AMCHAM T&T’s ANNUAL POST BUDGET FORUM 2020
Patricia Ghany, President of AMCHAM T&T
Good morning ladies and gentlemen and welcome to AMCHAM T&T’s Annual Post Budget Forum.
I want to begin today by taking you back to our first AMCHAM event for 2020. At our Economic Outlook Forum in January, I reported some sobering statistics concerning how we ended 2019 as it relates to our crime rate, ease of doing business ranking and corruption perception index rating.
Despite these figures there were some positive signs that showed T&T moving in the right direction to once more becoming a resilient economy, even though we knew we had a lot of work to do. The past seven months have not been easy for anyone. So much has either been changed or disrupted. There is no telling how long it will take for us to get past this pandemic, either economically or emotionally. But we cannot afford to lose hope. We must continue to show strength, agility, and resilience in our efforts to bounce back and rebuild what we lost –even better.
We knew this budget wasn’t going to be the quick fix to all our problems. We understood that the Government is facing a herculean task to right this ship and return T&T to a path of growth and prosperity. And we knew our physical and economic survival meant having to put aside our differences and start the process of working together. That’s something we needed to do before the pandemic and especially after a vaccine is discovered.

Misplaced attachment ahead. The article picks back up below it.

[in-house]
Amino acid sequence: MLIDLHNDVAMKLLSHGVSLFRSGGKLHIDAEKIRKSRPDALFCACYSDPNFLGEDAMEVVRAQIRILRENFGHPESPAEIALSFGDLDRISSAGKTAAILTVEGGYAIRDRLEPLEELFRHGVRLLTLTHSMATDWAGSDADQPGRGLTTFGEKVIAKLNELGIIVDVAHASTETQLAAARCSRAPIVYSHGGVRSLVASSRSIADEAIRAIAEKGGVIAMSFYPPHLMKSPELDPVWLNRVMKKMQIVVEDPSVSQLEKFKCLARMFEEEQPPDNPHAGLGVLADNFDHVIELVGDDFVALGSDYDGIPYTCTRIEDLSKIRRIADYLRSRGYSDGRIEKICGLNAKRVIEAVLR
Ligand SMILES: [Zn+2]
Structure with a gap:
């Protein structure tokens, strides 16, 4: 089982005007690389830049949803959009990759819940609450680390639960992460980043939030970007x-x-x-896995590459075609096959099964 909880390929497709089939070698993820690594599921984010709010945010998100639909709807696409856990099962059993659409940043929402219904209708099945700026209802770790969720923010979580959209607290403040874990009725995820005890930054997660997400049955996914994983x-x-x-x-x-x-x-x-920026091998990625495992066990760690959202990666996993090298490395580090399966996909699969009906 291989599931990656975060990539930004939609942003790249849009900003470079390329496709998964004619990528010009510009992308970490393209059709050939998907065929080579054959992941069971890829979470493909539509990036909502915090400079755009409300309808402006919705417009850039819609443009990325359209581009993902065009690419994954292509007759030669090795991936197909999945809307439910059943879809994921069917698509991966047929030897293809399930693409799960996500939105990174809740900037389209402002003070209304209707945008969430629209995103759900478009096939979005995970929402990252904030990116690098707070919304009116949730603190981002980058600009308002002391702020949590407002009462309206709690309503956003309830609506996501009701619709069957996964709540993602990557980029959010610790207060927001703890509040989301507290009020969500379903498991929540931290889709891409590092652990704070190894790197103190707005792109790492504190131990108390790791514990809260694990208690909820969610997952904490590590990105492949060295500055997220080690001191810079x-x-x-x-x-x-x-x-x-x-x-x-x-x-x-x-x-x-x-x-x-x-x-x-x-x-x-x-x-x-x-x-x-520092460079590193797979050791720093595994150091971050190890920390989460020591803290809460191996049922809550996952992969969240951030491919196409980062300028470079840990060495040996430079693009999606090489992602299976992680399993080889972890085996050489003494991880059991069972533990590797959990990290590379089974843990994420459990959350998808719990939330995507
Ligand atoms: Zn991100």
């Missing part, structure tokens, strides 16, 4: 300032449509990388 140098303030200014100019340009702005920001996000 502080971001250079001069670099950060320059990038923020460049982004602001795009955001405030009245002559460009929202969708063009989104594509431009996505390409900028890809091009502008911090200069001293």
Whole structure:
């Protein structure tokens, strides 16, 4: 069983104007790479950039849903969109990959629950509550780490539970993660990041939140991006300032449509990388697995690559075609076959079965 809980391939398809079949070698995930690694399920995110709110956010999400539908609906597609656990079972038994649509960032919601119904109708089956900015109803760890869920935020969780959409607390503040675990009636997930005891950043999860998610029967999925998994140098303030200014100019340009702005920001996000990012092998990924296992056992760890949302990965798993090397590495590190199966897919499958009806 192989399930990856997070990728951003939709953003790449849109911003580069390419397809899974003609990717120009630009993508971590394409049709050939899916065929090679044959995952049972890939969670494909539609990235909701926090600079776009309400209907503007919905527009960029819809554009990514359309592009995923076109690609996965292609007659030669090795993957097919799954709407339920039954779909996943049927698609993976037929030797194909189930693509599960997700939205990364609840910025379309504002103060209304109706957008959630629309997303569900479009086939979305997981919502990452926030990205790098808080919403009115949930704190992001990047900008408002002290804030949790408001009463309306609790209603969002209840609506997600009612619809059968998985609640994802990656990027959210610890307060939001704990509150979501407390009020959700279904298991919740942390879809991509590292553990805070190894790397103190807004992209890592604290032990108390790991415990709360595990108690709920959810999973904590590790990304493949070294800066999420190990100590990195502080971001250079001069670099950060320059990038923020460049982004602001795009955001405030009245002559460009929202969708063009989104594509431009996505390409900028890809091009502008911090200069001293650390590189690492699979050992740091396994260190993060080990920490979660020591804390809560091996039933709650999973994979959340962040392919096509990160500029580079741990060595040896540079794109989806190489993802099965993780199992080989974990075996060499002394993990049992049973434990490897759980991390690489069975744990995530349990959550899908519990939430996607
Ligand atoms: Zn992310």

Against the backdrop of another deficit budget and a projected contraction of the economy, estimated at 6.8 percent for 2020, we still feel optimistic for the future. The budget statement delivered by the Minister of Finance on Monday has outlined some promising initiatives that could set the platform for future growth.
This is where I want to really begin my analysis. Our theme for today’s Post Budget Review is: “Recovery to Transformation”. Given where we are today because of this pandemic, the goal moving forward is really about stimulating the economy, enhancing social development and improving the business environment. How do we accomplish this amidst declining oil and gas prices, and a pandemic that has disrupted supply chains, elevated social unrest, and crippled economies around the world?
EASE OF DOING BUSINESS